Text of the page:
final write up
Final Write Up

After the actual work on the project is completed, you are ready for the last phase of your project – the final report. This is the section where you describe what actually happened as you carried out the plan. This information is entered in the last section of the Eagle Scout Leadership Service Project Workbook, titled, ‘Carrying Out the Project’.

As with any project, it is important to review what was done and see what lessons were learned, as well as providing a historic record. In this case, you also need to write a final report because your project is not complete without it! In the 'Carrying Out the Project' workbook section, briefly describe what was done and how you deviated from the plan.

The following sections are required:


You should use your project plan as a guide for preparing the final report. Go through each section of the plan and write a summary of the results versus the plan. Summarize the actual costs, the tools used (and tools needed that you did not have), what objectives were accomplished or not accomplished (and why not), how your workers performed their tasks, how you handled any major problems, and anything else of interest (both positive or negative).

materials required to complete the project
Materials Required to Complete the Project

Discuss if you had all of the materials and supplies you needed or if you had a lot left over. If you had a shortage, how did you resolve this? If you had a significant surplus, what did you do with those items? The simplest way to show this information is to include an updated version of the Materials / Supplies Table from the original plan, with all changes annotated (possibly in a ‘Remarks’ column replacing the ‘Source’ column). You may also choose to just describe the materials in a text paragraph.

hours spent working the project
Hours Spent Working the Project

Provide a record of all the time worked by you and your volunteers. Don’t forget to include all the time you spent planning the project, writing the plan, getting approvals, and gathering tools / materials, not just the time doing the labor. This can be documented in a list or table showing names, dates, hours worked, and tasks performed by you and each volunteer. Also, don’t forget to give your Scoutmaster a list of those who worked on your project so that they can get credit for service hours toward their own advancement.

Note on Minimum Hours – The BSA Eagle Project Workbook specifically states: “Size – How big a project is required? There are no specific requirements, as long as the project is helpful to a religious institution, school, or community. The amount of time spent by you in planning your project and the actual working time spent in carrying out the project should be as much as is necessary for you to demonstrate your leadership of others.”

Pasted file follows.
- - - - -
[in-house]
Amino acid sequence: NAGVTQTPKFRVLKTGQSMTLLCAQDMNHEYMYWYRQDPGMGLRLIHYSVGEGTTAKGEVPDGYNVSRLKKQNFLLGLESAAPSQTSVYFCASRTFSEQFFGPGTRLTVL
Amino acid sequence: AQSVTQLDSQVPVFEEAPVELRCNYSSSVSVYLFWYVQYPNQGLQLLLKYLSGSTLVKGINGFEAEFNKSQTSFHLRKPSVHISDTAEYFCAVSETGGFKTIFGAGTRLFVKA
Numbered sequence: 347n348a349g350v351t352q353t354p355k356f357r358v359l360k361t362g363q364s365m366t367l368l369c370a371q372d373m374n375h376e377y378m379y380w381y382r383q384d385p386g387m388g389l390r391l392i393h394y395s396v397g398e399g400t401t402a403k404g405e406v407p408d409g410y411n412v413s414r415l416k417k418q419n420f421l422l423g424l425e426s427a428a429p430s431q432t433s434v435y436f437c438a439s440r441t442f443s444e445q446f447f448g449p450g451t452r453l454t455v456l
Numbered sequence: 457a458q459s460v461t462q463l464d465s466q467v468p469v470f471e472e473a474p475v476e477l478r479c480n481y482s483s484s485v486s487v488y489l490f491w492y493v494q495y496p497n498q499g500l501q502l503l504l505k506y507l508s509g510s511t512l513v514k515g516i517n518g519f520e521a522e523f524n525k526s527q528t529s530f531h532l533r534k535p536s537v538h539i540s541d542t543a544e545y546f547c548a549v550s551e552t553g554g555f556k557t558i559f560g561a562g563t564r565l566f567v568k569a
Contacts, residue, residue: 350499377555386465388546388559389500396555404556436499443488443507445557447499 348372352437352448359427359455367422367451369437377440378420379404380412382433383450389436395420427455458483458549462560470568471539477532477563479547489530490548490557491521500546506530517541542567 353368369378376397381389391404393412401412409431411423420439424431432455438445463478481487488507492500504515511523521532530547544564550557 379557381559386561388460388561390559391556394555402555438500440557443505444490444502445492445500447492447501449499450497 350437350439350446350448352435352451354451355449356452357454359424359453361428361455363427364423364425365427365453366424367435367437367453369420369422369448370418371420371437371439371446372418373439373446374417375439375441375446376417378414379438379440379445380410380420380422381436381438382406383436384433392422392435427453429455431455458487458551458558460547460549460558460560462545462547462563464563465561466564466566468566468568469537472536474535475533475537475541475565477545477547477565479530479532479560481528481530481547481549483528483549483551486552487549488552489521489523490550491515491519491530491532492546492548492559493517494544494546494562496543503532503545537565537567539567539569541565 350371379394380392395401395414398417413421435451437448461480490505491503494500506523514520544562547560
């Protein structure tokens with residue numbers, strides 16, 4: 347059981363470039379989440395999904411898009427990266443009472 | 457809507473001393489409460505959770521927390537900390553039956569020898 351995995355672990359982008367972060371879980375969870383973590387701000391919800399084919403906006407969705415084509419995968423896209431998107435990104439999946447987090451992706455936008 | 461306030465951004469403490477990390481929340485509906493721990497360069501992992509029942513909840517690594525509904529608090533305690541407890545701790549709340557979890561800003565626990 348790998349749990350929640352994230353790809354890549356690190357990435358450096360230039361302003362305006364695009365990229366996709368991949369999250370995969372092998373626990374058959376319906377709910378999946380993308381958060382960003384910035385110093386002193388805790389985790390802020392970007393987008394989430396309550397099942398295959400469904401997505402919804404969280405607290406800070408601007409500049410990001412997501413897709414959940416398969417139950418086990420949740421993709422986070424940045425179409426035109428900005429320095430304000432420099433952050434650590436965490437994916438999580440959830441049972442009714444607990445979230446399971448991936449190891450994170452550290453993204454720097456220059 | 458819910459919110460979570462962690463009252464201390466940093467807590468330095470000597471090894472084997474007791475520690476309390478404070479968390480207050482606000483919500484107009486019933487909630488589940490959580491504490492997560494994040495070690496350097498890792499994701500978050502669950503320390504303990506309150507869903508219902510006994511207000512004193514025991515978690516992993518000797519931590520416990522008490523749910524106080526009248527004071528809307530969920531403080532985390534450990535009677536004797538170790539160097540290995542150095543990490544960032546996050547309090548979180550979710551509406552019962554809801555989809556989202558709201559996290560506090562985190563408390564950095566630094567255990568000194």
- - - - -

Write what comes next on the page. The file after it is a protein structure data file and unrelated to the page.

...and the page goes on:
The BSA Advancement Committee Policies and Procedures (#33088D) says: “There is no minimum number of hours that must be spent on carrying out the project.” (pg. 27) This BSA document also states: “No council, district, unit, or individual has the authority to add to or subtract from any advancement requirement.” (pg. 23)

Therefore, it would violate the stated BSA policy for anyone to add a new “minimum hour” requirement.


Include a section in your final report for representative photographs, which you took during each phase of the project. The photos help the Eagle Board of Review members better understand your project and it will be easier for you to discuss the project if you can show them the actual work in progress and the final results. A photo of you presenting the finished product to the organization for which you did the work helps show off the value of the project. A group photo of your work crew is also a good memento of your project. Of course, the photographs should be securely mounted and labeled, not just thrown in an envelope.

final project approvals
Final Project Approvals

Only a couple of signatures are required on your final report, the most important of which is yours. If you are proud of your effort and pleased with the write-up, then sign it on the last page. You also need the signature of your Scoutmaster or unit project advisor. The representative of the institution benefiting from your project must also sign your workbook after you complete the work. While these are the only signatures required in order to submit it, the project's final approval will come during your Eagle Board of Review. Remember that each district or council has their own particular procedures for submitting and approving Eagle Project Reports and Eagle applications, so check with your district and make sure you follow the required procedures. The full project write-up is kept until your Board of Review, and then returned to you. Remember to keep a photocopy of the final write-up when you submit it, just in case it is lost.

Hint – The Eagle Board of Review

Among other topics, the members of the Eagle Board of Review will ask you about your Eagle Project. This is the final judgment on whether your overall project (the plan, how it was carried out, and the final report) meets the BSA requirements. While your plan was approved in advance of beginning any work, how you worked that plan and your final write-up are evaluated here.